Chard is a green vegetable with an exceptionally impressive list of health promoting nutrients. Its high Beta-carotene content makes it beneficial for healthy eyesight, it contains calcium and magnesium which promote healthy bones and nerves, and its high Vitamin C and E levels provide antioxidant protection and immune system support. Its high levels of many other nutrients and phytonutrients ensure it is beneficial for digestive and reproductive health, and make it an excellent addition to the diet.
Chard is a tall leafy green vegetable commonly referred to as swiss chard. It is a member of the beet family, and its taste is somewhere between spinach and beets. Both the leaves and stalk of chard are edible.
Chard is an excellent source of vitamin K, Vitamin A, Vitamin C, magnesium, manganese, potassium, iron, Vitamin E and dietary fiber. It is a very good source of copper, calcium, vitamin B2, vitamin B6 and protein. In addition, swiss chard is a good source of phosphorus, vitamin B1, zinc, folate, biotin, niacin and pantothenic acid. It also contains the carotenoids zeaxanthin and lutein, which are important vision nutrients.
Studies have found that both the leaves and the roots of swiss chard have health-promoting benefits. Its combination of phytonutrients (particularly anthocyans), plus fiber in this food seems particularly effective in preventing digestive tract cancers. Several research studies on chard focus specifically on colon cancer, where the occurrence of precancerous lesions in animals has been found to be significantly reduced following intake of swiss chard extracts or fibers. Preliminary animal research also suggests that swiss chard may have a protective effect on the kidneys of those with diabetes, through reducing serum urea and creatinine levels.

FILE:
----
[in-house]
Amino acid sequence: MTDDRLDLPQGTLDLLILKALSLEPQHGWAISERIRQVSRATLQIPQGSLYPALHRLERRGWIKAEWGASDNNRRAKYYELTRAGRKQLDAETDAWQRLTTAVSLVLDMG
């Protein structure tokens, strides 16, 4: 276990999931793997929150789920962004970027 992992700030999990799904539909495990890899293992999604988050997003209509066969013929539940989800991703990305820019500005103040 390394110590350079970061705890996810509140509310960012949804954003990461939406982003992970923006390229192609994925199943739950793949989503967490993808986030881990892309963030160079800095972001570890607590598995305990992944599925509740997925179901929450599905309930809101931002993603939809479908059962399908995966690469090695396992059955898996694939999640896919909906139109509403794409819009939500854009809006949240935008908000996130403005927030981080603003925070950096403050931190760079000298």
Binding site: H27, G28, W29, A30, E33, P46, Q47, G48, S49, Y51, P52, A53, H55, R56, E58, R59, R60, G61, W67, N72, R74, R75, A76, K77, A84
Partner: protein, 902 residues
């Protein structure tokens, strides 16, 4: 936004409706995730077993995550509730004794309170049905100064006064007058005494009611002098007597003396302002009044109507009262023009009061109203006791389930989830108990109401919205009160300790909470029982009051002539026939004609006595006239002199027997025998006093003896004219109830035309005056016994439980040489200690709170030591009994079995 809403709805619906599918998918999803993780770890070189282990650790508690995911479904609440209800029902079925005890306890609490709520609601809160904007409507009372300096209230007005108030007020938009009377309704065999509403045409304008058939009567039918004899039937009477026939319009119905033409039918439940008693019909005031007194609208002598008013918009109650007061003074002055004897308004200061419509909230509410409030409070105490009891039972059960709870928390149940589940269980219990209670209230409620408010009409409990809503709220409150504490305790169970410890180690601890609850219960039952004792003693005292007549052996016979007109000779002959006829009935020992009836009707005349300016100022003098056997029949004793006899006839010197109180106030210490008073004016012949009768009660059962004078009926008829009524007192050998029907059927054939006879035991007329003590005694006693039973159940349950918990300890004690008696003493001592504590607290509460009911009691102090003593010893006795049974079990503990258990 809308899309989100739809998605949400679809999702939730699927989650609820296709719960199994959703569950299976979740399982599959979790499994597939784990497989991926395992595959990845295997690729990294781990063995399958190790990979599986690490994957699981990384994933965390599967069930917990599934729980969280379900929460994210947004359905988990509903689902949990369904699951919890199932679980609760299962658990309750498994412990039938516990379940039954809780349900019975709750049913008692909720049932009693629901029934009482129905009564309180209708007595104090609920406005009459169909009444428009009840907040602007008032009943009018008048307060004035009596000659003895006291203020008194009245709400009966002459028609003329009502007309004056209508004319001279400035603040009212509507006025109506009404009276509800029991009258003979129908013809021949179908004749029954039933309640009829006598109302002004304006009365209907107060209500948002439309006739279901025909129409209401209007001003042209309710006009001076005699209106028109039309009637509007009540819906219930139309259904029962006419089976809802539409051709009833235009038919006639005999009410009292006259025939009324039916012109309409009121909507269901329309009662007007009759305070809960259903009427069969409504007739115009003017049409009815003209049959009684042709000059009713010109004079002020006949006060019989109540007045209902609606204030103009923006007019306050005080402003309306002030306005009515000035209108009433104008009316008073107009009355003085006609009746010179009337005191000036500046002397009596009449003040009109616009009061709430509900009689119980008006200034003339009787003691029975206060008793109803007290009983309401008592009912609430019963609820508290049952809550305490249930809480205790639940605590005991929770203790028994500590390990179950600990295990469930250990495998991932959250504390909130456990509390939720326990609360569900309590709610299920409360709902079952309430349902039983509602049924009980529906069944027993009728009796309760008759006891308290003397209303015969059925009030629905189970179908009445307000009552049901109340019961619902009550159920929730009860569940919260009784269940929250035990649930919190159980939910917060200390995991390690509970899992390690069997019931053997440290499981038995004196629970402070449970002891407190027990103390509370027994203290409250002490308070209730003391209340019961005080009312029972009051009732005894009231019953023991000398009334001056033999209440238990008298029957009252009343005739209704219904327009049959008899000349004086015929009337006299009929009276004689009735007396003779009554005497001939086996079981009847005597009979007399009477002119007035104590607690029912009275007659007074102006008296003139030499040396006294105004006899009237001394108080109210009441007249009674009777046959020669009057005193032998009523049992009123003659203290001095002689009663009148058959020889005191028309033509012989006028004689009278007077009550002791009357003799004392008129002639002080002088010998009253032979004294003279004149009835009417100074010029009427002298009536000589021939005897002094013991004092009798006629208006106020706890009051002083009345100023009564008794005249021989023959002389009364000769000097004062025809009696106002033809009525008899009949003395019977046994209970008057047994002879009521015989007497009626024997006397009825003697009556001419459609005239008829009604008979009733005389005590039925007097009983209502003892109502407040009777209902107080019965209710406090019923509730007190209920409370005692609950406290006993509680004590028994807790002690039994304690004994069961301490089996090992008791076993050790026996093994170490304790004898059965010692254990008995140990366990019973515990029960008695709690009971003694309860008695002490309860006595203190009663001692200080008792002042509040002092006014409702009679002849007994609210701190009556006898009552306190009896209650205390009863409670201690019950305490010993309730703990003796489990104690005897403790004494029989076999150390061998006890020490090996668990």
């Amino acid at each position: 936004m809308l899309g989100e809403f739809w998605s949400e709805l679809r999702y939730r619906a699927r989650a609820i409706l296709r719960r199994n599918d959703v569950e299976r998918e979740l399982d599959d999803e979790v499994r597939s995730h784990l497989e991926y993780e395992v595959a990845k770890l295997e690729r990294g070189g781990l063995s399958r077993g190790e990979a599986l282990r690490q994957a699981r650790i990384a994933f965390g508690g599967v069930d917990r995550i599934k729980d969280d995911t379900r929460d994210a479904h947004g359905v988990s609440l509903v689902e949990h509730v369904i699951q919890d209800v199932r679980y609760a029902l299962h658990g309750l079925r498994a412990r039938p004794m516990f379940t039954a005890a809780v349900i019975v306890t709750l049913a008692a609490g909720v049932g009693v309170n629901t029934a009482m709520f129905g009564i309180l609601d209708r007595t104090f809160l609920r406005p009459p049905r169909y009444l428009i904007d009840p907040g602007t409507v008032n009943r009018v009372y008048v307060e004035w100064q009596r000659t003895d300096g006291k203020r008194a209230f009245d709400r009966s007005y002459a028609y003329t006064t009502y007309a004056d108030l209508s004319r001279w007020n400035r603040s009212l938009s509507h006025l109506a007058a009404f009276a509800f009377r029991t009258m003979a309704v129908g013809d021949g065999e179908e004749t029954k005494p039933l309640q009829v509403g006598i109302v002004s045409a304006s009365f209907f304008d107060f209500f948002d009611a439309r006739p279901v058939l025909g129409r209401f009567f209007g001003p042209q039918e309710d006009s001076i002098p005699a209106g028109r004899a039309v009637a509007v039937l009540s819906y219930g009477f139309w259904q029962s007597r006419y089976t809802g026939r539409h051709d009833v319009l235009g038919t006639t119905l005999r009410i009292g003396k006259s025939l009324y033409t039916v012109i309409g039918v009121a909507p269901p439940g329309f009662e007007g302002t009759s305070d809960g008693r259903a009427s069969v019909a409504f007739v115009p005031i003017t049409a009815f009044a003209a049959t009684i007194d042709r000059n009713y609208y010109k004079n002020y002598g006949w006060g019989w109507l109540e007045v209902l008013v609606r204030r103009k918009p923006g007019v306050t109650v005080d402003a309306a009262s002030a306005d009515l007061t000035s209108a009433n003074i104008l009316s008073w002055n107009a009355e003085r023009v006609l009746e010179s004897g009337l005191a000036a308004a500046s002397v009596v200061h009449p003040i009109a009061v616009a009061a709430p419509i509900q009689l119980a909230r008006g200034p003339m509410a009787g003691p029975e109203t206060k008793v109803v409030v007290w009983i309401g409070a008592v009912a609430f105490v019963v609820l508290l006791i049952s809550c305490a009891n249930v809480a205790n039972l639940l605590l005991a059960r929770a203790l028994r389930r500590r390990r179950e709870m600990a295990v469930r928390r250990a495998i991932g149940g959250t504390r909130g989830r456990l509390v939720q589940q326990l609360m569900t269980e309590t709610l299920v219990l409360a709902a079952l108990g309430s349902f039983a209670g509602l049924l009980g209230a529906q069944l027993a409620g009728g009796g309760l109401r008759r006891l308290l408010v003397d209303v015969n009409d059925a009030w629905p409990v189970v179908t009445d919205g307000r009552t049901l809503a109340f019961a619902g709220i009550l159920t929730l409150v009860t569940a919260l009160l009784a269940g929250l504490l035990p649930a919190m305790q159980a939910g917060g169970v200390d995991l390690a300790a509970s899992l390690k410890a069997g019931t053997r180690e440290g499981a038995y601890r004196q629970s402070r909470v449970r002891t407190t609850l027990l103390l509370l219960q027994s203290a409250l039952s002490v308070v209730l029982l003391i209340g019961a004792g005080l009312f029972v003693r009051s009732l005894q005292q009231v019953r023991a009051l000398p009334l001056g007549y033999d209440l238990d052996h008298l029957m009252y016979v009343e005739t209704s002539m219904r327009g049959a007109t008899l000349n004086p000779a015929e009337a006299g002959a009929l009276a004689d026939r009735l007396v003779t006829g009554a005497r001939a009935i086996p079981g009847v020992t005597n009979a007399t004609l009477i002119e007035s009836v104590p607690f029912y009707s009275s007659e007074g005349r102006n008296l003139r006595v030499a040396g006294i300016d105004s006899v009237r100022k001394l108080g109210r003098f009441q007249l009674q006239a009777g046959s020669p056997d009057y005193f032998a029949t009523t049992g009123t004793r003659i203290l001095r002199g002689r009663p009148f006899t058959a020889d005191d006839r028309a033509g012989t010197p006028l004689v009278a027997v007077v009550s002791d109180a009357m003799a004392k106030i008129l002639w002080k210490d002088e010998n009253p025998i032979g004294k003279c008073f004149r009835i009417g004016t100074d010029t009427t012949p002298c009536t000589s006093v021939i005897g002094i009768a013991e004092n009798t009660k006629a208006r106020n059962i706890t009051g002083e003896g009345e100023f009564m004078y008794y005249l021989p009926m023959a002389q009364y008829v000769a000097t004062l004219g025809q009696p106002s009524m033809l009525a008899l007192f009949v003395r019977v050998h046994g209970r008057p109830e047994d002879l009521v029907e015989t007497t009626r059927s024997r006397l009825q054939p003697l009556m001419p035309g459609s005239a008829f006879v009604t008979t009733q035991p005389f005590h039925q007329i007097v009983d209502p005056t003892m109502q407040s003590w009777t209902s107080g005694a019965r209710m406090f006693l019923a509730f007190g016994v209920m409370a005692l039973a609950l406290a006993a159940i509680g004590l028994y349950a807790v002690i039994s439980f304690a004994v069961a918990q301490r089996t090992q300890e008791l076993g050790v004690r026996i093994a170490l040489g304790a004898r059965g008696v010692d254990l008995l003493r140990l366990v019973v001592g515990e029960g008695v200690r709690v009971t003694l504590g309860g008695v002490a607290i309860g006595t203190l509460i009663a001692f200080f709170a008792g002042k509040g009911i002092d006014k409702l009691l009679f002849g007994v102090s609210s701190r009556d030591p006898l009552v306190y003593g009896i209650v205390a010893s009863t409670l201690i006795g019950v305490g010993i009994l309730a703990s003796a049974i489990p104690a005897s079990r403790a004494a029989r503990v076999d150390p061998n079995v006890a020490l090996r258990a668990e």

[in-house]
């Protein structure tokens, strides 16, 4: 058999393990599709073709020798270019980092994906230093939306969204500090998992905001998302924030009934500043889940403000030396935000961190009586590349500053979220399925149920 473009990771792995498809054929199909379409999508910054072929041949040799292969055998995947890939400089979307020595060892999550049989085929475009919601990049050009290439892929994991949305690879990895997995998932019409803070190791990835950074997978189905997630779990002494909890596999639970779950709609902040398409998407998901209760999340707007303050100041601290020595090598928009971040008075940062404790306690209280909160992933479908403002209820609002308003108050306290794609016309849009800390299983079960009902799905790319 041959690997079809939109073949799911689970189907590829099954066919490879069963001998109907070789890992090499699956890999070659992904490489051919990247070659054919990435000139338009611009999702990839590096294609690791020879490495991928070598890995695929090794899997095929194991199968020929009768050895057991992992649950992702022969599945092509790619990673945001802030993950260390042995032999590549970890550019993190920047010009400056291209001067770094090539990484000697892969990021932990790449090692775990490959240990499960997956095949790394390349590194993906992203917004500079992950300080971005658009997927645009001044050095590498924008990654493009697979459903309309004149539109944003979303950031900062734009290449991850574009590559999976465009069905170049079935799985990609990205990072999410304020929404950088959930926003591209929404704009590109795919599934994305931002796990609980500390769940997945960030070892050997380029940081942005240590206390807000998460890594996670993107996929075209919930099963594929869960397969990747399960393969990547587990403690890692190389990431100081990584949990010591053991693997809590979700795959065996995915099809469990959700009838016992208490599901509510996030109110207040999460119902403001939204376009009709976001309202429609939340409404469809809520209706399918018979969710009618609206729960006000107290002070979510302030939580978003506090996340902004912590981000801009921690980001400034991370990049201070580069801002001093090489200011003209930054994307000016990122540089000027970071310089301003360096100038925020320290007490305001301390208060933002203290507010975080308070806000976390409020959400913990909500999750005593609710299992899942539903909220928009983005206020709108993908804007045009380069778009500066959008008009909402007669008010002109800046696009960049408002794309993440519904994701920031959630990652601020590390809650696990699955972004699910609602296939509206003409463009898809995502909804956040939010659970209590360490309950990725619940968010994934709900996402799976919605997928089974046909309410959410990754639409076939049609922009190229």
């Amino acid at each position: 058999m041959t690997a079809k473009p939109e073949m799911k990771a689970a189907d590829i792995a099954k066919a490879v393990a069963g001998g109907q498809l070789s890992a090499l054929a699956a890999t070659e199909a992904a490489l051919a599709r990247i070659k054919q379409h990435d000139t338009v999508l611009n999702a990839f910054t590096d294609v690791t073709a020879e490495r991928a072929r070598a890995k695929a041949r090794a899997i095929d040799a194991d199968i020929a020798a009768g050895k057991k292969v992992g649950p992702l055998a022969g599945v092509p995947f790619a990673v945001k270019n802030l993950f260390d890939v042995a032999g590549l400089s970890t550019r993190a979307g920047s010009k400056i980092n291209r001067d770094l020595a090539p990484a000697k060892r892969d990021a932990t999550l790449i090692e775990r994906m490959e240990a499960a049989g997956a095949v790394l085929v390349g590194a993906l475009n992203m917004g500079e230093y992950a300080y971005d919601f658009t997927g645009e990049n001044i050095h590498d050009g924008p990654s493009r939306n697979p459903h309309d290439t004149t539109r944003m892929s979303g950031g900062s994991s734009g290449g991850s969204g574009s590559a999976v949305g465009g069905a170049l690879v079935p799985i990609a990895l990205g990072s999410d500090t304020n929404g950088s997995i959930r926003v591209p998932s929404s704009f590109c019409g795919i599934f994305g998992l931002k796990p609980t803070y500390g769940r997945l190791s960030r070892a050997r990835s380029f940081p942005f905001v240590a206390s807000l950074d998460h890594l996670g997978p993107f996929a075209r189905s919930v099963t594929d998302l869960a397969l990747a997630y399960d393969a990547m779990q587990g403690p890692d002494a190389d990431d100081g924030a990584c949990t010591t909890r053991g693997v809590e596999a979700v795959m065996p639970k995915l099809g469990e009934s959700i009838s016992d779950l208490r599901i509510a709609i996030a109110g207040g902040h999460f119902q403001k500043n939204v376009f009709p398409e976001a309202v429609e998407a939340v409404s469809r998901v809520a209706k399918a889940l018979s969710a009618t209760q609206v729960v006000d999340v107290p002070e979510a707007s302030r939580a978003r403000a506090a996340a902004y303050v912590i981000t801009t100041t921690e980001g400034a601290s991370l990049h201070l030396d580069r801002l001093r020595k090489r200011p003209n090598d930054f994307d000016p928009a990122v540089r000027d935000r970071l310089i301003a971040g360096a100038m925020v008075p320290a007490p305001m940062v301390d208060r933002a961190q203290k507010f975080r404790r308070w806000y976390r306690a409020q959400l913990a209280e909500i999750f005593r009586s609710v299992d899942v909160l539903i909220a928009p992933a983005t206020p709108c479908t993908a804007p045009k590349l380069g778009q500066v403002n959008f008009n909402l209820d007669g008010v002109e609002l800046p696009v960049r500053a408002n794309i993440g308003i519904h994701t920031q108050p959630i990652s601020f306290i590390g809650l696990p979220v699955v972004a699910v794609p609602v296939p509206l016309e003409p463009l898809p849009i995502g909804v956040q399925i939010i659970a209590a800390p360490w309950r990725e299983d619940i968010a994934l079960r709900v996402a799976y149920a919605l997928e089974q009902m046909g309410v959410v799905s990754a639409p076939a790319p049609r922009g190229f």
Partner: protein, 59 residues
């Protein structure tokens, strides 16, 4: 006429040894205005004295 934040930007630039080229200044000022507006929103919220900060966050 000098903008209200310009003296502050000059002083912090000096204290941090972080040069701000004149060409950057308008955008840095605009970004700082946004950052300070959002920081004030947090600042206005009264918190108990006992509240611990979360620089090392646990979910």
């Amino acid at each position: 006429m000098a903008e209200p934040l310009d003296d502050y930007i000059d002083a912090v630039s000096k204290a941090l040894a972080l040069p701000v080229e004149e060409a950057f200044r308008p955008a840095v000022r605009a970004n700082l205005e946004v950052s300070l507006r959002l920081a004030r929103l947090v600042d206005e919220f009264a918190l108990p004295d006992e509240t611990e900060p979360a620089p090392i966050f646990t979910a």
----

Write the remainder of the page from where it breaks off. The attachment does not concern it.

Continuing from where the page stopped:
Components from chard where found to inhibit cell proliferation of human cancer cells. A study performed on human breast cancer cells found that the flavonoids present in chard stopped the growth and DNA reproduction of the cells.
Diabetes and heart Health
Several studies performed on diabetic rats found that feeding them chard controlled blood glucose and either reversed, stabilized, or prevented the negative effects of diabetes such as nerve damage and heart disease.
Tips for Using Chard
- Wash the chard well to remove any sand or soil that may be hidden in the leaves.
- Use chard in place of or in addition to spinach. The stems of chard can also be used as a broccoli substitute.
- Since the stalks are thicker in texture, they will take longer to cook than the leaves, so their cooking should be started a few minutes earlier.
- Try quick boiling chard, instead of steaming it, because this helps to free the oxalic acids it contains, therefore making the chard less bitter and more sweet.
- Ninfali P et al. Characterization and biological activity of the main flavonoids from swiss chard (Beta vulgaris subspecies cycla).Phytomedicine. 2006 May 12
- Bobek P, Galbavy S, Mariassyova M. The effect of red beet (Beta vulgaris var. rubra) fiber on alimentary hypercholesterolemia and chemically induced colon carcinogenesis in rats. Nahrung 2000 Jun;44(3):184-7.
- Yanardag R, Bolkent S, Ozsoy-Sacan O et al. The effects of chard (Beta vulgaris L. var. cicla) extract on the kidney tissue, serum urea and creatinine levels of diabetic rats. Phytother Res 2002 Dec;16(8):758-61.
- Senner G et al. Effects of chard (Beta vulgaris L. var. cicla) extract on oxidative injury in the aorta and heart of streptozotocin-diabetic rats. J Med Food. 2002 Spring;5(1):37-42.